David Grabbe, examining the saying, "ignorance is bliss," implying that a measure of peace may come to us if we do not know something that might be disturbing, cautions us that this ignorance is dangerous when it comes to the spiritual preparation of self-examination before the Passover. Self-evaluation is foundational for observing the Passover in a worthy manner. Self-examination is painful, but productive, when we see the horrendous cost of Christ's sacrifice for us. In Dr. M. Scott Peck's book The People of the Lie, a malady called "malignant narcissism," caused by excessive pride, leads its victims to psychologically maim other people. The people of the lie are afraid of the light of truth, assiduously protecting their dysfunctional mindset. They are adept at shifting the blame for their hidden faults on someone else, keeping the bright light off themselves. The people of the lie do not believe they have any major defects and, consequently, do not have any need to change. Individuals with Laodicean attitudes, blind to their spiritual blindness (a double indictment), are prime examples of people of the lie, people whom God spews out of His mouth. Human nature has the proclivity of establishing its own standard of righteousness, using selective evidence, as is seen in the pompous behavior of the Pharisee exalting himself over the despondent tax collector. The Corinthians, rich in spiritual gifts, refused to examine the seamier side of their spiritual depravity. We must not assemble selective evidence as we examine ourselves in preparation for Passover, remembering that we had a major part in causing the scattering of our previous fellowship. We need Christ's mind to put things together accurately; Christ is the only One who can enable us to see our spiritual condition clearly. Our growth will stop without the continual reminder that we are not yet a finished product.
Pat Higgins: As Passover approaches, consider the warning Paul gives to us in I Corinthians 11:27-31: Therefore whoever eats this bread or drinks this cup of the Lord in an unworthy manner will be guilty of the body and blood of the Lord. ...
David Grabbe, focusing on the behavior censured by the apostle Paul in I Corinthians 11, admonishes that we must properly discern the Lord's Body, not taking the Passover in an unworthy manner. The Body, in this context, refers not only to the literal body of Christ, which was tortured and beaten for sins we have committed, but also to the body of believers of which we are a part, consisting of our Heavenly Father, our Elder Brother, and our brothers and sisters in the Body of Christ. The bread and wine symbolically binds us together in one fellowship; what we partake of is what we become: the Body of Christ. We are to remember that Jesus Christ saw value in us, in our brethren, and even in the people that we do not yet like, to pay the price for all of our sins.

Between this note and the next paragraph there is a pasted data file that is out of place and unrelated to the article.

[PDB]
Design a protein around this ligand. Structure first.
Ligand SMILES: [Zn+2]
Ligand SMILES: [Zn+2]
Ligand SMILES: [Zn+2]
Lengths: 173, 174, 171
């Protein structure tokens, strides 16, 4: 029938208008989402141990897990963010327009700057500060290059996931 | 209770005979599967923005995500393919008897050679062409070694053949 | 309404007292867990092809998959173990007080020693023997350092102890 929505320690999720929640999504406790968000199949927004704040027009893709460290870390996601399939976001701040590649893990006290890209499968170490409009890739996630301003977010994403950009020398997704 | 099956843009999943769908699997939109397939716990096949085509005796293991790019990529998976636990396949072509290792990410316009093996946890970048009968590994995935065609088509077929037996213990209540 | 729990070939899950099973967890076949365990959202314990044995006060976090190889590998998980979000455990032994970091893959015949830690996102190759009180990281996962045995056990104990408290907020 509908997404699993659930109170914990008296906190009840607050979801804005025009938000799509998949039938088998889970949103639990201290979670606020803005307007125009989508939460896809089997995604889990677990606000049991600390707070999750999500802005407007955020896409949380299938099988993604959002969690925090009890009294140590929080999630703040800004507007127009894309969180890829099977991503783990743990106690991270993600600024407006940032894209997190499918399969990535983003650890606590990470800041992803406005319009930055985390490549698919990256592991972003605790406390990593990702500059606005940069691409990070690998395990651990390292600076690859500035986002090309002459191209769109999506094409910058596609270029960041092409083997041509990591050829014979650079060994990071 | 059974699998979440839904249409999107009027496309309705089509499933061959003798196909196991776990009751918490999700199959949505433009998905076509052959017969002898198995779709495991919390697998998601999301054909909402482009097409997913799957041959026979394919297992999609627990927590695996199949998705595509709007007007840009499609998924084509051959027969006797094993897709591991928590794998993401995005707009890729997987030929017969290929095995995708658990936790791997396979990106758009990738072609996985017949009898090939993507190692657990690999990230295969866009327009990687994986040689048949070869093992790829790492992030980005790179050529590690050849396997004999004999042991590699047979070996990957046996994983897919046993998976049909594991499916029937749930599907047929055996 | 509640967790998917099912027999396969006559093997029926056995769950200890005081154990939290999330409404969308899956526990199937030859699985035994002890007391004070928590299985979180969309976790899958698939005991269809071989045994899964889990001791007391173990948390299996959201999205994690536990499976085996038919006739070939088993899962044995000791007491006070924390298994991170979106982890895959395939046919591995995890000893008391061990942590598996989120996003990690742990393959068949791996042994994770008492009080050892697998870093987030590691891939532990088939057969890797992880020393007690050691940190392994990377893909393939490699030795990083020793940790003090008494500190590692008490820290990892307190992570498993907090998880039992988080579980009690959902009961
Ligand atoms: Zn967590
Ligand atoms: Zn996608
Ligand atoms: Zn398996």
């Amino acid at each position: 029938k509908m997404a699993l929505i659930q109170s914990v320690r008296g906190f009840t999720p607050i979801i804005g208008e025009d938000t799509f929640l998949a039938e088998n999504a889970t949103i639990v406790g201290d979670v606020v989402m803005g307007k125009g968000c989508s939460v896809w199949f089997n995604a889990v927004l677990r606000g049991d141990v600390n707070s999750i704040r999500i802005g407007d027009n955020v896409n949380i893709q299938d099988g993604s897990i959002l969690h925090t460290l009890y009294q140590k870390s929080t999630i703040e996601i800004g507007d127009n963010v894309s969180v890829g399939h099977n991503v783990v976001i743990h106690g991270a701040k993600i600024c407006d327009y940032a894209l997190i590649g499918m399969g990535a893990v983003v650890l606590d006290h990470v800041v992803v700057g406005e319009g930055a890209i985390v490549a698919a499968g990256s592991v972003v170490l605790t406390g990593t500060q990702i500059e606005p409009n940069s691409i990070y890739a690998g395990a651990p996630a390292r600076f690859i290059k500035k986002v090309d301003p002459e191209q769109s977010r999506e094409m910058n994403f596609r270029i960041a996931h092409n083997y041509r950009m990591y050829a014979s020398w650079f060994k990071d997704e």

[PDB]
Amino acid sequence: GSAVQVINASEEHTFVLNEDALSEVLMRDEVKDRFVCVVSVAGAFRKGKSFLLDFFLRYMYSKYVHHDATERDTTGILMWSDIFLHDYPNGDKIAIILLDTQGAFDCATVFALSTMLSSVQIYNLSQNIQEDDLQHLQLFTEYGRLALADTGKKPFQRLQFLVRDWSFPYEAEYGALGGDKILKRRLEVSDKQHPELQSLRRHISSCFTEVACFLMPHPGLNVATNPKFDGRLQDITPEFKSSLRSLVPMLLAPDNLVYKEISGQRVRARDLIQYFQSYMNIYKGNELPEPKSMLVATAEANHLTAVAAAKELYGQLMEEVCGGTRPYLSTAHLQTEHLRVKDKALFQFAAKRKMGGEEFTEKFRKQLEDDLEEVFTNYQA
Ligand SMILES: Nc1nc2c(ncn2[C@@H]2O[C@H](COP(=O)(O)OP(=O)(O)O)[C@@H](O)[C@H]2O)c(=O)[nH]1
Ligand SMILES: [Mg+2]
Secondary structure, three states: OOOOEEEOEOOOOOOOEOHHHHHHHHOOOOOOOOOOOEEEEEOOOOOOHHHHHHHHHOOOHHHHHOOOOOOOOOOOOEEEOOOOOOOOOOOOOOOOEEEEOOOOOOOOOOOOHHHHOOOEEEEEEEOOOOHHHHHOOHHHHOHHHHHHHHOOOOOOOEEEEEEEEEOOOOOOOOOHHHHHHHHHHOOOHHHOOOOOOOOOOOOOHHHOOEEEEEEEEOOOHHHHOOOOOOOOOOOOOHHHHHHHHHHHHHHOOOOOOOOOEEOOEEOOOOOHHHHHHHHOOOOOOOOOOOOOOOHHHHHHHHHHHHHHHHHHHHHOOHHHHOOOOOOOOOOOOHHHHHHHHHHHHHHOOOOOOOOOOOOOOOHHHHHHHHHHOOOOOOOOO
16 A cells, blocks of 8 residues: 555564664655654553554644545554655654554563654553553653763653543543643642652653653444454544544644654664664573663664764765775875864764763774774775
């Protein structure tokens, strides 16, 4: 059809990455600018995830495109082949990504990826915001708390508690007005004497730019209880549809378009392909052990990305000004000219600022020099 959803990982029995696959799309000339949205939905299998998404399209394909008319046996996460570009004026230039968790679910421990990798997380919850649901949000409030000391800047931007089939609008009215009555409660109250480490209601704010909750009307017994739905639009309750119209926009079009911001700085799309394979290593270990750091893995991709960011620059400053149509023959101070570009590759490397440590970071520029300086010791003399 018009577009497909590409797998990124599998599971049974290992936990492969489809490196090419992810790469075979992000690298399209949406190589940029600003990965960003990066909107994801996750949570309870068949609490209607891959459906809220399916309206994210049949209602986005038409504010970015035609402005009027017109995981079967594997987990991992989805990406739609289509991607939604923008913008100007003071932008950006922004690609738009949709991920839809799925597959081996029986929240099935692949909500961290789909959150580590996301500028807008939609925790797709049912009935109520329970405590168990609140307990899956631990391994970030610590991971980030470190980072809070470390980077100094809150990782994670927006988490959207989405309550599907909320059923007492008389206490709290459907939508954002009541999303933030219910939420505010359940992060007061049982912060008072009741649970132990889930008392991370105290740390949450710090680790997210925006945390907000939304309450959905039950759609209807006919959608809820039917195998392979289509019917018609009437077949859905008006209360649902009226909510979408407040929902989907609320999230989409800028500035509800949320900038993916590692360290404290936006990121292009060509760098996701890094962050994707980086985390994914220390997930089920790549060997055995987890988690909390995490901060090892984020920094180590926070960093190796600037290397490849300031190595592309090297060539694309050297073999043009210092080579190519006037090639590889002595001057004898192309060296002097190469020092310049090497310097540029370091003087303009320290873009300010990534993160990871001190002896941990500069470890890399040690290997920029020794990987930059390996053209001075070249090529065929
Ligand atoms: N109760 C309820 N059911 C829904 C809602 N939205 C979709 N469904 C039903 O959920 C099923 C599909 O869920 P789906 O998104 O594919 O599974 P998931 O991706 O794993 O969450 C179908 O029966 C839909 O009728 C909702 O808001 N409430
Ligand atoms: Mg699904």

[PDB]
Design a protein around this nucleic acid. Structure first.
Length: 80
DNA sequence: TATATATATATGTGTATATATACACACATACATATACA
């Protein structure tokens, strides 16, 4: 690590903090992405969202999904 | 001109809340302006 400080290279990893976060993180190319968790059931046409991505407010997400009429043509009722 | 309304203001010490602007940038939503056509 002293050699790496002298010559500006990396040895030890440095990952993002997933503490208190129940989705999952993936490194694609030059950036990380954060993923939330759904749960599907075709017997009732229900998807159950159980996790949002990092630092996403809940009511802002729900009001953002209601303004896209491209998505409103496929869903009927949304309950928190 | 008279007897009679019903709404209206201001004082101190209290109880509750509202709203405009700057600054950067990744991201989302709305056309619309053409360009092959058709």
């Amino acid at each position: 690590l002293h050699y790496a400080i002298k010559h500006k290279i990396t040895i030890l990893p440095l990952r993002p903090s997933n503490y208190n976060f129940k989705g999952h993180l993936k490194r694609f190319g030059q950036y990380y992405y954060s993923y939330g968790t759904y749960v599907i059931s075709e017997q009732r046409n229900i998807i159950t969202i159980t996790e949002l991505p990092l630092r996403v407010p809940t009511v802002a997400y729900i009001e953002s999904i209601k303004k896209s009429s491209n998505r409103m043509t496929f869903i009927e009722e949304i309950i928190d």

In examining the letter to Laodicea, we can easily see to what extent a relationship deficit stands at its core. Beginning with the name, Laodicea means "the people judge." ...
Each year, Christians prepare for Passover by engaging in a thorough, spiritual self-examination. An analysis of the apostle Paul's instruction in II Corinthians 13:5 shows us what we need to look for.
John W. Ritenbaugh: Shortly after the 9/11 tragedy, I wrote a brief column because so many were asking, "Where was God?" implying, "Why did He allow such an event to occur?" Perhaps a few made outright accusations such as, "How could He be so cruel?" but mostly it was implied. ...
We often hear of "innocent victims" dying in some tragic way, but are they truly innocent? John Ritenbaugh discusses God's perspective of the sinful, human condition.
Jesus Christ, our Savior, commands Christians as His disciples to participate in the annual Passover memorial of His work on our behalf. The service consists of three parts: 1) Mutual footwashing; 2) Drinking of the wine; 3) Eating of the bread.
The subject of judging is a sensitive one in this age. Is it proper for Christians to judge matters? What does the Bible say on the matter?
John Ritenbaugh teaches that God has given us a checkpoint against which we can check ourselves in times of despondency and despair, so whether we doubt, fear, or the self—whether the problems are moderate or deep—we can go back to see whether we are keeping God's commands and working on developing our fellowship with Him. God has created mankind with the need to face challenges—the need to overcome—or we quickly become subject to boredom or "ennui." Our major responsibility is to govern ourselves scrupulously and conscientiously within the framework of God's Laws, overcoming negative impulses by the knowledge and Spirit of God, seeking a total relationship with Him in thought, emotion, and deed, extending to our relations with our brethren. Fellowship with God is the only antidote to overwhelming feelings of despair, doubt, and self-condemnation.
The Berean: Daily Verse and Comment